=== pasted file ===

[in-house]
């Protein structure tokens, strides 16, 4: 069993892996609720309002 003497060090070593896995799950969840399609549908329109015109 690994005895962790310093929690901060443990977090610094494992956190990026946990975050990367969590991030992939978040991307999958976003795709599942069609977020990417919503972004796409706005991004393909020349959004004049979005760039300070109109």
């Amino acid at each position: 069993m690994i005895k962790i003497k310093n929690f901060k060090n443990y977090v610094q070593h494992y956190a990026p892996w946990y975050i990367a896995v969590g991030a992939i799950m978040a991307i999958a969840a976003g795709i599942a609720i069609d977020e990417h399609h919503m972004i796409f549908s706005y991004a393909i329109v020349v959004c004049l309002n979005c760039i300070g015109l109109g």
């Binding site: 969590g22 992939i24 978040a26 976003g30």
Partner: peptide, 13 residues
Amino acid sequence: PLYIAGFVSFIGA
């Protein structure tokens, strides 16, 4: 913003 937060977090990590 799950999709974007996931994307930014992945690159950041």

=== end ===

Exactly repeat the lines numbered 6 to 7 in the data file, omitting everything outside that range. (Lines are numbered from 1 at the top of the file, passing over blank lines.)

Amino acid sequence: PLYIAGFVSFIGA
């Protein structure tokens, strides 16, 4: 913003 937060977090990590 799950999709974007996931994307930014992945690159950041």